Biking and Birding with a Mission

Date: 

Wednesday, July 15, 2020, 6:00pm to 7:00pm

Location: 

Online on Zoom

African American man with a bike and a sign that says black lives matter.
Photo courtesy of James Deshler
Join us for a live conversation with Scott V. Edwards, Professor in Harvard’s Department of Organismic and Evolutionary Biology and Curator of Ornithology in Harvard’s Museum of Comparative Zoology. Since June 6, Professor Edwards has been pedaling across the United States to fulfill a long-held wish to traverse the country on a bicycle, and to also raise awareness for #BlackBirdersWeek and Black Lives Matter. In this program, he discusses the motivations for his journey, what he has learned along the way, and the similarities between cycling and doing science.

Register here for this free virtual event. Register by 5:00 pm on July 15. After registering, participants will receive a confirmation e-mail with instructions on how to participate using Zoom.

Download the free Zoom app in advance for the best user experience. If you already have Zoom, you do not need to download it again.

You can send questions for Professor Edwards in advance to hmscprograms@hmsc.harvard.edu.

To learn more about Professor Edwards' research, watch this video.

About the Speaker

Scott Edwards is Professor of Organismic and Evolutionary Biology, Curator of Ornithology, and Alexander Agassiz Professor of Zoology in the Museum of Comparative Zoology at Harvard University. His research focuses on diverse aspects of avian biology, including evolutionary history and biogeography, disease ecology, population genetics and comparative genomics. He has conducted fieldwork in phylogeography in Australia since 1987 and conducted some of the first phylogeographic analyses based on DNA sequencing. His recent work uses comparative genomics in diverse contexts to study macroevolutionary patterns in birds, including the origin of feathers and the evolution of flightlessness.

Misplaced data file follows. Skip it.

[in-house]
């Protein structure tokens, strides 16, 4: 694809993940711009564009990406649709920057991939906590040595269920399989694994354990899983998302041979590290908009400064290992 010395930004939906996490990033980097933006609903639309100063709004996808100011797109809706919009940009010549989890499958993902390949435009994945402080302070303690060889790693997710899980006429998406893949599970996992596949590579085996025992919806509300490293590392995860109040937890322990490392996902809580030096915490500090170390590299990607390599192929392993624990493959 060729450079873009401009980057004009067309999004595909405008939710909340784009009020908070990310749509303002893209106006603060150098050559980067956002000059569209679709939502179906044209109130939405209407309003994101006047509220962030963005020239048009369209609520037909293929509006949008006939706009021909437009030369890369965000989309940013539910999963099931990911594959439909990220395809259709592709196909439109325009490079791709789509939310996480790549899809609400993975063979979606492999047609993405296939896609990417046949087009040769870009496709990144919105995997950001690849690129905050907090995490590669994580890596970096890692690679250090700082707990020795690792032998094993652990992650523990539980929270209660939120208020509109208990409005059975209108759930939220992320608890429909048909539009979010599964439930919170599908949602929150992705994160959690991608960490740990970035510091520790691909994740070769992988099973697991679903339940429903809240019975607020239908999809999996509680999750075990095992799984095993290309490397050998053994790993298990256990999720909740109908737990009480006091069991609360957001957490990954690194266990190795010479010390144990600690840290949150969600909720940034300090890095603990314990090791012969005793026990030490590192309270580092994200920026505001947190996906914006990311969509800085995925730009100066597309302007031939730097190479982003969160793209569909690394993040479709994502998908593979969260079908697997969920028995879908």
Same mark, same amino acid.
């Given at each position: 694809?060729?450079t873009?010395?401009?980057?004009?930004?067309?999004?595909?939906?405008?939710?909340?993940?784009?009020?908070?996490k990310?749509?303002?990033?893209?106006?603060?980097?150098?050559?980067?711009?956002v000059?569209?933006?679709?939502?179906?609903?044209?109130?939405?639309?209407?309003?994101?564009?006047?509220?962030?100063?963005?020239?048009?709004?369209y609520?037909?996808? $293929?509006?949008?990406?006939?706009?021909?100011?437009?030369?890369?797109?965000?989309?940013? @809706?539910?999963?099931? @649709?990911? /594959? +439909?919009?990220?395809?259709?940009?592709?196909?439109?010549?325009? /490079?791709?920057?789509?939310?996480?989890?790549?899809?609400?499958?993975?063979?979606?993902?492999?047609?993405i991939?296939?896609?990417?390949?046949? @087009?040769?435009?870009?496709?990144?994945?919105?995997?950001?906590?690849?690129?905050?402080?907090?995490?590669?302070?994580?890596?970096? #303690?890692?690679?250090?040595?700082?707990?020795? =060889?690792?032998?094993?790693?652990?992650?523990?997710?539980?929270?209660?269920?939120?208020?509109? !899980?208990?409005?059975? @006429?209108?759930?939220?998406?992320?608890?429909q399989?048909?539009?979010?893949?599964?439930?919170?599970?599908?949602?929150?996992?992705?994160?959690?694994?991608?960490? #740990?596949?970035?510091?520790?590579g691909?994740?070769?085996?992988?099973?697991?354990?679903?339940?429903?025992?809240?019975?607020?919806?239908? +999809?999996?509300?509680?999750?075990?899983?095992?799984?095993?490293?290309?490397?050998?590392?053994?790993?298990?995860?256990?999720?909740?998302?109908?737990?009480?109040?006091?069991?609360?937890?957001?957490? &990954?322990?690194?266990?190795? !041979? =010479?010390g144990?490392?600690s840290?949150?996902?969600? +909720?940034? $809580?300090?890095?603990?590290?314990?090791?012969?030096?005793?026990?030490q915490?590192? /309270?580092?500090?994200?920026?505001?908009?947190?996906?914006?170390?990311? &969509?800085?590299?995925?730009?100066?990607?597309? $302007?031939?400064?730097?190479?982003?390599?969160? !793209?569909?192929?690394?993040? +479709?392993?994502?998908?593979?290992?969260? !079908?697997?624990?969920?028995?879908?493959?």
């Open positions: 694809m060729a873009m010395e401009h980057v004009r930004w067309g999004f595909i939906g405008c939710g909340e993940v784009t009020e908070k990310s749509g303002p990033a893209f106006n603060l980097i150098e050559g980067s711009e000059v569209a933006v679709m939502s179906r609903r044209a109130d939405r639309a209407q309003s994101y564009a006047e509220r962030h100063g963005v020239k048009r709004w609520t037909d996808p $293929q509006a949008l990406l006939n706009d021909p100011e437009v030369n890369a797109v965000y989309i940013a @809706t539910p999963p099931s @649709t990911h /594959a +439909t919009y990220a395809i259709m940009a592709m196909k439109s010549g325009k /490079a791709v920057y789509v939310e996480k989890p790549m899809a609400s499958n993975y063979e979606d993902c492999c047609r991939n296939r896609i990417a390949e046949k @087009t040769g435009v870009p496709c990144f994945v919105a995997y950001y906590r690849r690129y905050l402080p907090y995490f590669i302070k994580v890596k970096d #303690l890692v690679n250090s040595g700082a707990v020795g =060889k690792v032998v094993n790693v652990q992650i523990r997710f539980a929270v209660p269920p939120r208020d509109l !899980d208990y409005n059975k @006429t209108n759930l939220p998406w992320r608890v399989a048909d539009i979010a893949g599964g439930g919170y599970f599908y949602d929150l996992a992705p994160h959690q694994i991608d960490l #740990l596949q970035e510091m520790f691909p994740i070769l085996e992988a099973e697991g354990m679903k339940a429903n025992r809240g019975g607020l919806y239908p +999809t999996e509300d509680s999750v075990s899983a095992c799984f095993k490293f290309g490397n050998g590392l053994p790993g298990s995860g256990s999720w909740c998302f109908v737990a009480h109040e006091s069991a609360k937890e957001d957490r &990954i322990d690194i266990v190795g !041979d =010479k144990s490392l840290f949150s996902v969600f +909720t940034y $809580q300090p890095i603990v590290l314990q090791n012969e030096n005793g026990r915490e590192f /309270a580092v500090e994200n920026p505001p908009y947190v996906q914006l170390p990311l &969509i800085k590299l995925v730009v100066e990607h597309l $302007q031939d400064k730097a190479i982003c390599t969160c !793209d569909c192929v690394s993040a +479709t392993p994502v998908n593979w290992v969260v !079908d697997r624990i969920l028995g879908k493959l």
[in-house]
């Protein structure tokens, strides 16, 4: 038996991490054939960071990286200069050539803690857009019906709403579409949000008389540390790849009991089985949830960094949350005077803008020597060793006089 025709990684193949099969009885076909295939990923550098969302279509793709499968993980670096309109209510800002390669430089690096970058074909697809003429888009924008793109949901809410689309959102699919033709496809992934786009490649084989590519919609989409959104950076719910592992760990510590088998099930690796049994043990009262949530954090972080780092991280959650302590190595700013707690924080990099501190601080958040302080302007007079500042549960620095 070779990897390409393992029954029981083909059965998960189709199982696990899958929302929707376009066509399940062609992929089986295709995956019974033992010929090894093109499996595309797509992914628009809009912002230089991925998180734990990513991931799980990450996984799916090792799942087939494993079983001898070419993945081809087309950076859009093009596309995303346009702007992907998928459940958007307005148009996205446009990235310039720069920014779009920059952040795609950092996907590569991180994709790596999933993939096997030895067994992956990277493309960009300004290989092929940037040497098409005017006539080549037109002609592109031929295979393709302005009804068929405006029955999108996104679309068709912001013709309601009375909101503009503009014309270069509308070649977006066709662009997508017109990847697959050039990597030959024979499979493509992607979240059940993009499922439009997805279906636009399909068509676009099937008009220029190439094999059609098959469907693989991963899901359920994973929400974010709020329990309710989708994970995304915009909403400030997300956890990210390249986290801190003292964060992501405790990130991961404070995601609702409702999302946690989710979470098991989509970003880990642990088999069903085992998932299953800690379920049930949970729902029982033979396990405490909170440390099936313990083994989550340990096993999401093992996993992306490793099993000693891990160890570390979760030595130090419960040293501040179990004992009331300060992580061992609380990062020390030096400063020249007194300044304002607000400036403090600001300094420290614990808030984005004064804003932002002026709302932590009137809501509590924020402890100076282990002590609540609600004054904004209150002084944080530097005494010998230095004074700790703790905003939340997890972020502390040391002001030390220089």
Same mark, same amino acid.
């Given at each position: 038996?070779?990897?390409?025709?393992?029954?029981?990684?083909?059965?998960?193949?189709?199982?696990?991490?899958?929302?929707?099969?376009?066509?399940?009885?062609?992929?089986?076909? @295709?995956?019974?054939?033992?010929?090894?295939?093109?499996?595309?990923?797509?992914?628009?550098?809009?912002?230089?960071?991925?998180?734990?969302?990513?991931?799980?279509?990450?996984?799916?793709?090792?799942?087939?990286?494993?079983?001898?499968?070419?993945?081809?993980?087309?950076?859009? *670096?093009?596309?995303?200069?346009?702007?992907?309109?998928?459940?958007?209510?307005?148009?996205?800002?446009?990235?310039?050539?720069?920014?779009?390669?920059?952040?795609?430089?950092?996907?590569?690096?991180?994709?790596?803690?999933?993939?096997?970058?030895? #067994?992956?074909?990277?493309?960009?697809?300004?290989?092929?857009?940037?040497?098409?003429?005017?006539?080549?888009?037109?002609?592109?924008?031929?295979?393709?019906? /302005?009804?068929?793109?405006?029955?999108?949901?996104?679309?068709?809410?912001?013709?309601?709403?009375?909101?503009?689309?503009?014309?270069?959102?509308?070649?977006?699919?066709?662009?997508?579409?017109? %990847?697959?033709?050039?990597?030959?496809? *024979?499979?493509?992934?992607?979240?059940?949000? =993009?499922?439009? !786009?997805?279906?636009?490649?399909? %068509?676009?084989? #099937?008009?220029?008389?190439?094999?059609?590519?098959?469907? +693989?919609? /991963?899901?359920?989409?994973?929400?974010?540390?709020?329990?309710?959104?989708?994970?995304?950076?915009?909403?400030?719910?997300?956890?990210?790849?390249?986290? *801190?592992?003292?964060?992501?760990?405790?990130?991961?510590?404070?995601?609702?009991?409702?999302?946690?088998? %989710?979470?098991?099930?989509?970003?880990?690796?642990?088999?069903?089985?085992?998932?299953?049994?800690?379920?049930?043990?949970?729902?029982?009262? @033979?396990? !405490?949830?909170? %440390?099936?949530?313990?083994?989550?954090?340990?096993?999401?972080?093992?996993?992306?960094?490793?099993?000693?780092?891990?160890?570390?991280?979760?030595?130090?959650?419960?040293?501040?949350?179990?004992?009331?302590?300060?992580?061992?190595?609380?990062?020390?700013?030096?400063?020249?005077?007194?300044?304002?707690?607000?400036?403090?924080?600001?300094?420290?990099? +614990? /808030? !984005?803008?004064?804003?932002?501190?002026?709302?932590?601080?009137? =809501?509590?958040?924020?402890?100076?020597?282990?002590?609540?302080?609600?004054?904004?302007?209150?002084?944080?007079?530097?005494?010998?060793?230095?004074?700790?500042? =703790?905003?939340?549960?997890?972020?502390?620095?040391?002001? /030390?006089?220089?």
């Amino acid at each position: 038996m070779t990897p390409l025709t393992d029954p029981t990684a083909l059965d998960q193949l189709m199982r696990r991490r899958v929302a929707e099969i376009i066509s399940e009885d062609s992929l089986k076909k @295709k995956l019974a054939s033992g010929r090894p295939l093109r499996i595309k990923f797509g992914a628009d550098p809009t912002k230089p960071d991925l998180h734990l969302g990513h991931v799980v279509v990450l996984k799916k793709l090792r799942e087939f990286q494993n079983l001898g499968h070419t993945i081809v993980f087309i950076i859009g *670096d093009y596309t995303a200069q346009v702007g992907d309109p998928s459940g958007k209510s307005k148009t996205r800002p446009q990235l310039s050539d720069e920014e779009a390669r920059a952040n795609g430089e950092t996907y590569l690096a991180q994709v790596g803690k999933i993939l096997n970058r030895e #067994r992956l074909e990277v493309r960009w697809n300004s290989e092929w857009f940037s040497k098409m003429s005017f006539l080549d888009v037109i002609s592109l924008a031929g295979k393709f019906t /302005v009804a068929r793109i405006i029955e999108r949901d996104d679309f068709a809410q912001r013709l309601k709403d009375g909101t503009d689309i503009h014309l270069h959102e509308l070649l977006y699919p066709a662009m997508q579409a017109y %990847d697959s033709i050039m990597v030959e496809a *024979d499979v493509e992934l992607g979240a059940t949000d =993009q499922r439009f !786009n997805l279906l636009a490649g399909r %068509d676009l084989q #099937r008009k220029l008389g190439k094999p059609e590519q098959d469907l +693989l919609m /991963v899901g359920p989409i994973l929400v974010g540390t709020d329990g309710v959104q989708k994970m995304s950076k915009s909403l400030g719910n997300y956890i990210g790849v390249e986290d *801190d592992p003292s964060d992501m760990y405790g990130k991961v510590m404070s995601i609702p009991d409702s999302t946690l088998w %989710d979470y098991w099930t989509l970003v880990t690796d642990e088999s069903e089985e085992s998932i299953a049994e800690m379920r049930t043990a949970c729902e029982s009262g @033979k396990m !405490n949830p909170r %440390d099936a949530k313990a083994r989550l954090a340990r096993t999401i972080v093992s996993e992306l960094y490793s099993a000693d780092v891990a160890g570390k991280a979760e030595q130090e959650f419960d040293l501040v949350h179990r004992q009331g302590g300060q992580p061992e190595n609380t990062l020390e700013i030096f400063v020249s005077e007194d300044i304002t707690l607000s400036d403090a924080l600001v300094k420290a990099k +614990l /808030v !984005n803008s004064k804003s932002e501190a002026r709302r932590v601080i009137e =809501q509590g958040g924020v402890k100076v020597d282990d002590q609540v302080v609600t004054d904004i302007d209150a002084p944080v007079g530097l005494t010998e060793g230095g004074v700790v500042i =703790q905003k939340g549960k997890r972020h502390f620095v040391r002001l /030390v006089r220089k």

From 2013-2015 Scott served as Division Director of the Division of Biological Infrastructure at the US National Science Foundation, where he oversaw a staff of 22, an annual research budget of $120M (USD), and managed funding programs focused on undergraduate research, postdoctoral fellowships, natural history collections and field stations, and cyber- and other infrastructure for all areas of biology, from molecular to ecosystem science. He has served as President of three international scientific societies based in the US: the Society for the Study of Evolution, the Society of Systematic Biologists, and the American Genetic Association, each of which publishes a scientific journal and has memberships ranging from 500 – 2500 scientists and students.

He has served on the National Geographic’s Committee for Research and Exploration, the Senior Advisory Boards of the NSF-funded US National Evolutionary Synthesis Center (NESCent) and the National Institute for Mathematical and Biological Synthesis (NIMBioS), and on the Advisory Boards of the National Museum of Natural History at the Smithsonian and the Cornell Lab of Ornithology. He oversees a program funded by the National Science Foundation to increase the diversity of undergraduates in evolutionary biology and biodiversity science. He is a member of the American Academy of Arts and Sciences (2009), a Fellow of the American Association of the Advancement of Science (2009), and a member the National Academy of Sciences (2015).